|Gloria Steinem, Glamour Lifetime Achievement Award winner showcasing The Australian|
It's the time of year when Oprah gets to play Kris Kringle. Actress Emmy Rossum is lending her support to O The Oprah Magazine by appearing in an eight-page holiday fashion feature, which shows you how to work glittery pants, bow ties and head-to-toe white (keep mum's trifle away from that ensemble!). Without Oprah's show to support her magazine's 'Favourite Things' issue this year (cue audience hysterics about receiving EVERYTHING on her list), we don't know how popular it will be, but the team has still gone to the effort to select "Gifts for you and the people you love". I wonder if Santa is budgeting this Christmas? Thank heavens love is for free.
Entertainment Weekly recently dubbed Melissa McCarthy (Bridesmaids, Mike & Molly, SNL) the 'New Queen of Comedy'. Meanwhile, Helen Lewis Hasteley writes, 'Why aren't funny women on TV?' for the New Statesman.
Actress/comedian/shopper Mindy Kaling is the darling of the books scene right now thanks to the debut of her book, Is Everyone Hanging Out Without Me?Entertainment Weekly's Aly Semigran includes it in a roundup of 'books that make you lose it in public'. You can read the chapters 'Best Friend Rights and Responsibilities' and 'Don't Peak in High School' online.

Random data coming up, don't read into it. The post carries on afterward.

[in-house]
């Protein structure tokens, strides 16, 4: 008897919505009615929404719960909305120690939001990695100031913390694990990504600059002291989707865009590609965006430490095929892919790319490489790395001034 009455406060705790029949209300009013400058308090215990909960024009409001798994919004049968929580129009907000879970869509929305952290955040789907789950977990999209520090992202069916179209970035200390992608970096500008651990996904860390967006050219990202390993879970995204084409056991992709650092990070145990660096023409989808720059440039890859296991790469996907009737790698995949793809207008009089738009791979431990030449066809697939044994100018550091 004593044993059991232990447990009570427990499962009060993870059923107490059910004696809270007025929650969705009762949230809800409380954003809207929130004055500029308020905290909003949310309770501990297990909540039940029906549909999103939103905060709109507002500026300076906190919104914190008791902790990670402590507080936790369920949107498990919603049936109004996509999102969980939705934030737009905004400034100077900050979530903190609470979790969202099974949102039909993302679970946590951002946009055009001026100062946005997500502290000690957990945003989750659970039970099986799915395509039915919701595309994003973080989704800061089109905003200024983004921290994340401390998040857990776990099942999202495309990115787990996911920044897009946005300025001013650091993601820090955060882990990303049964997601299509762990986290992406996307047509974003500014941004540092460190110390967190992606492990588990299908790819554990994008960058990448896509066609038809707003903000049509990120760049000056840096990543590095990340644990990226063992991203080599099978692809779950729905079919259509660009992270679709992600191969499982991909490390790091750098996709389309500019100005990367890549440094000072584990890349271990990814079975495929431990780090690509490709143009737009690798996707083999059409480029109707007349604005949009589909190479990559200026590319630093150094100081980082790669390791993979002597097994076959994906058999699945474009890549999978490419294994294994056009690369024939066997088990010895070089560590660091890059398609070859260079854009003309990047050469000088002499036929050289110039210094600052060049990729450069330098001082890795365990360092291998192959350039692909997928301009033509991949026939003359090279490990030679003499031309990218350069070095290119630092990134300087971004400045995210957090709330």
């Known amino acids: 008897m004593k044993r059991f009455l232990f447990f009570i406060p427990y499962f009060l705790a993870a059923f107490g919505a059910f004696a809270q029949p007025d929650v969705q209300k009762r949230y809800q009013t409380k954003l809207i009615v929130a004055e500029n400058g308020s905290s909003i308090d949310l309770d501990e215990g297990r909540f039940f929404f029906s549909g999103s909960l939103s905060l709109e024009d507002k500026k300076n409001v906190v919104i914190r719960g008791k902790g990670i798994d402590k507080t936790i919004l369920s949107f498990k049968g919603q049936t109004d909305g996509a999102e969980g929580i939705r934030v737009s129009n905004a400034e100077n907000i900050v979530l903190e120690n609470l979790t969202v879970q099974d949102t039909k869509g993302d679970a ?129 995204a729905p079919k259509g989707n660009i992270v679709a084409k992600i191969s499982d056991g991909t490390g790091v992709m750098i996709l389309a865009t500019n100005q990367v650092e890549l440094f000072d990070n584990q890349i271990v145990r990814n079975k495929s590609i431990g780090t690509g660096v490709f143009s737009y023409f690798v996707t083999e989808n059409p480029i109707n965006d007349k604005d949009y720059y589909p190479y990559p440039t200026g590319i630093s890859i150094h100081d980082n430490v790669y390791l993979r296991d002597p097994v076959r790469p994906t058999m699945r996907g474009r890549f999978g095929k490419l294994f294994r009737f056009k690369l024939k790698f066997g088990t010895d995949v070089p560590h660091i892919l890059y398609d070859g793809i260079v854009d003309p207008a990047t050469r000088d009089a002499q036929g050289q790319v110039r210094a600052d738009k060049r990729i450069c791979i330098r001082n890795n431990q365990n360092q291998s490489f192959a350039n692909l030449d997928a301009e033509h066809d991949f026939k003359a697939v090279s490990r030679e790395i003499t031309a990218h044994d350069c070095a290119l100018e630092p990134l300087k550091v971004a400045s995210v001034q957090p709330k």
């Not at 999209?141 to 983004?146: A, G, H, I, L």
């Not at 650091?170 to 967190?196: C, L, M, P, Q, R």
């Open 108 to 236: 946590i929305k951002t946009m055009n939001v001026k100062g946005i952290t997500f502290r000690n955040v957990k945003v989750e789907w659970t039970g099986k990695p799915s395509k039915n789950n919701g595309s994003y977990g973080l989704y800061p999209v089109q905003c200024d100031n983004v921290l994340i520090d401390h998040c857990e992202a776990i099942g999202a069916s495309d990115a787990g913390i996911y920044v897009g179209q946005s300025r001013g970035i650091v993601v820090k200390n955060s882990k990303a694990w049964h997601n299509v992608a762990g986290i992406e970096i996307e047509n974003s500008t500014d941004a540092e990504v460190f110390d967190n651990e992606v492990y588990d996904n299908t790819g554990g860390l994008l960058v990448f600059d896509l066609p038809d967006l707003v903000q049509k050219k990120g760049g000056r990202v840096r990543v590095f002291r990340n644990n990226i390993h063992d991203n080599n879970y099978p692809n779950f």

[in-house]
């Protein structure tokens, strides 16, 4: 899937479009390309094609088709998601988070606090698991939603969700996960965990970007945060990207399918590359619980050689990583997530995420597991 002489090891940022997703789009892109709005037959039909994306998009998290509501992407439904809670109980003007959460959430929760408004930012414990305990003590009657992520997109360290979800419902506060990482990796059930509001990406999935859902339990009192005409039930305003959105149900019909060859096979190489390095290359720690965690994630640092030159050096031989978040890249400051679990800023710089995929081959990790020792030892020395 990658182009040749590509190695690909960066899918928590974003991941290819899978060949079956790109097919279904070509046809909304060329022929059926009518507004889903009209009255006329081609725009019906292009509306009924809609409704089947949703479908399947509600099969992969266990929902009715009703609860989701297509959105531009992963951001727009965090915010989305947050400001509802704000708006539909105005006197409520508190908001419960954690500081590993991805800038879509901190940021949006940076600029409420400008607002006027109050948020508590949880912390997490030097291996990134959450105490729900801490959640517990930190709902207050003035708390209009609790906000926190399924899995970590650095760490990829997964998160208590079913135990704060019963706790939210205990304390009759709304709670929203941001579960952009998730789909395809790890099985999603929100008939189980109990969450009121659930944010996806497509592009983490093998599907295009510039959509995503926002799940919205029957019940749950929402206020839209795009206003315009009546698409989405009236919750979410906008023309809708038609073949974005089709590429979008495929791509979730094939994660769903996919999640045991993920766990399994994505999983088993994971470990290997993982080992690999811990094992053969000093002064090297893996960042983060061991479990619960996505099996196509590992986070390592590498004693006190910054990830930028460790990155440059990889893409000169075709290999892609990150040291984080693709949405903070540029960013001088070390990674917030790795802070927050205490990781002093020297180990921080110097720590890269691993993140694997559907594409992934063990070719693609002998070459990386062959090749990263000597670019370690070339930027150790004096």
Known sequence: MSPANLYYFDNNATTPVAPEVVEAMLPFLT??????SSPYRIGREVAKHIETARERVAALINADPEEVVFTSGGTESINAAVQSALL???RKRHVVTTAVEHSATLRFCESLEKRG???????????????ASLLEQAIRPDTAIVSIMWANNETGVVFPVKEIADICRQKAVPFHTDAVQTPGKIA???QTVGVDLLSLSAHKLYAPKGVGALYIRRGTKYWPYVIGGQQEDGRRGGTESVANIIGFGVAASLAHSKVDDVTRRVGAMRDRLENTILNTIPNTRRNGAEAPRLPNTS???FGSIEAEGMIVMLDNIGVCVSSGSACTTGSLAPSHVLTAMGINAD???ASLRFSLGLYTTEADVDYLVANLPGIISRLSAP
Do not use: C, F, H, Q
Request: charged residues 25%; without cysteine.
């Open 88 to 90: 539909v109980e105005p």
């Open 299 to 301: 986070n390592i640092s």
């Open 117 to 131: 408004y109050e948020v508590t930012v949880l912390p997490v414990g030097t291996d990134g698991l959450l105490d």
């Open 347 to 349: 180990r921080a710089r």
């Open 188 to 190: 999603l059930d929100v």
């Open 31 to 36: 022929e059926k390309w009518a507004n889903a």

To complete the funny lady trifecta, Tina Fey is taking to the airwaves with a radio special for girls. Returning to her Mean Girls roots (did you know she wrote the script?) The Huffington Post reports that Fey will narrate two hour-long specials for NPR's The Hidden World of Girls, a program produced by Peabody Award winners, The Kitchen Sisters. "According to the producers' website, The Hidden World of Girls aims to report "stories of coming of age, rituals and rites of passage, secret identities—of women who crossed a line, blazed a trail, changed the tide." Awesome.
"Youse All Should Be Able to Speak Good!" was the catchcry of the ABC's Style Forum, which showcased a "word nerd" panel, including legendary crossword guy David Astle and linguist Kate Burridge, who debate the pros and cons of mass media and its influence on modern English." Crucially, the eloquent panel asks, "Is the influence of mass media on our language making us myopic, superficial and obsessed with gossip? Or have we always been this way?" In the words of a true Queenslander, "Sounds good, hey."
Frank Oz (the original voice of Miss Piggy) isn't the only one who's less than thrilled with The Muppets. The new movie, starring Amy Adams and Jason Segel, has been ill-received at the Savannah Film Festival where the cinephiles are cruel. Oh, Kermie! But film student Caroline Nead put the high-brow haters in their place: “If the Muppets can’t brighten your day, you need to go see more Muppet movies.” The Muppets aren't alone in attracting cinematic derision: a movie poster for Larry Crowne, starring Julia Roberts and Tom Hanks, has been given the thumbs down in Spain for their lack of motorcycle helmets. Like the Euro, advertising doesn't always translate across country borders.
Probably the most handy and helpful thing I've read for teens on body image of late is Consume magazine, which is published by the Eating Disorders Association and edited by Desi Achilleos. It is full of down-to-earth material that takes a broad brush-stroke approach to modern life for teens covering everything from self-esteem and self-care to nutritional information, spirituality, politics, social responsibility, bullying and 'Pornography in the digital age'.